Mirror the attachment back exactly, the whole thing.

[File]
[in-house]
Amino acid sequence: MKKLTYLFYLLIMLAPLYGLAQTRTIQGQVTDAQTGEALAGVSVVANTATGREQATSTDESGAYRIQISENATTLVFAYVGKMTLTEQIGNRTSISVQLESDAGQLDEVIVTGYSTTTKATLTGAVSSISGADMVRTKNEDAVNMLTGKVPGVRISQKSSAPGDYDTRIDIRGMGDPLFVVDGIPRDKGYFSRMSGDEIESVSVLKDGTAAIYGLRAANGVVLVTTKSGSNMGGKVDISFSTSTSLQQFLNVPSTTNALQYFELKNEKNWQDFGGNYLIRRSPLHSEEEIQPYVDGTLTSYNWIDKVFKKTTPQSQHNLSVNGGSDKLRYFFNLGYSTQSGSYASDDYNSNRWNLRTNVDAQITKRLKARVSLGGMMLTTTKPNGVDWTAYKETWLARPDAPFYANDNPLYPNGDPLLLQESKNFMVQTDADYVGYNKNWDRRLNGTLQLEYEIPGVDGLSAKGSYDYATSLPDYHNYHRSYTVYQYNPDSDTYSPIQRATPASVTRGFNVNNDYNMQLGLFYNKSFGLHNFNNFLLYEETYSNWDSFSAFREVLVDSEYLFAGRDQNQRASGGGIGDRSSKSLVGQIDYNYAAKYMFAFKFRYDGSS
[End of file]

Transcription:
[in-house]
Amino acid sequence: MKKLTYLFYLLIMLAPLYGLAQTRTIQGQVTDAQTGEALAGVSVVANTATGREQATSTDESGAYRIQISENATTLVFAYVGKMTLTEQIGNRTSISVQLESDAGQLDEVIVTGYSTTTKATLTGAVSSISGADMVRTKNEDAVNMLTGKVPGVRISQKSSAPGDYDTRIDIRGMGDPLFVVDGIPRDKGYFSRMSGDEIESVSVLKDGTAAIYGLRAANGVVLVTTKSGSNMGGKVDISFSTSTSLQQFLNVPSTTNALQYFELKNEKNWQDFGGNYLIRRSPLHSEEEIQPYVDGTLTSYNWIDKVFKKTTPQSQHNLSVNGGSDKLRYFFNLGYSTQSGSYASDDYNSNRWNLRTNVDAQITKRLKARVSLGGMMLTTTKPNGVDWTAYKETWLARPDAPFYANDNPLYPNGDPLLLQESKNFMVQTDADYVGYNKNWDRRLNGTLQLEYEIPGVDGLSAKGSYDYATSLPDYHNYHRSYTVYQYNPDSDTYSPIQRATPASVTRGFNVNNDYNMQLGLFYNKSFGLHNFNNFLLYEETYSNWDSFSAFREVLVDSEYLFAGRDQNQRASGGGIGDRSSKSLVGQIDYNYAAKYMFAFKFRYDGSS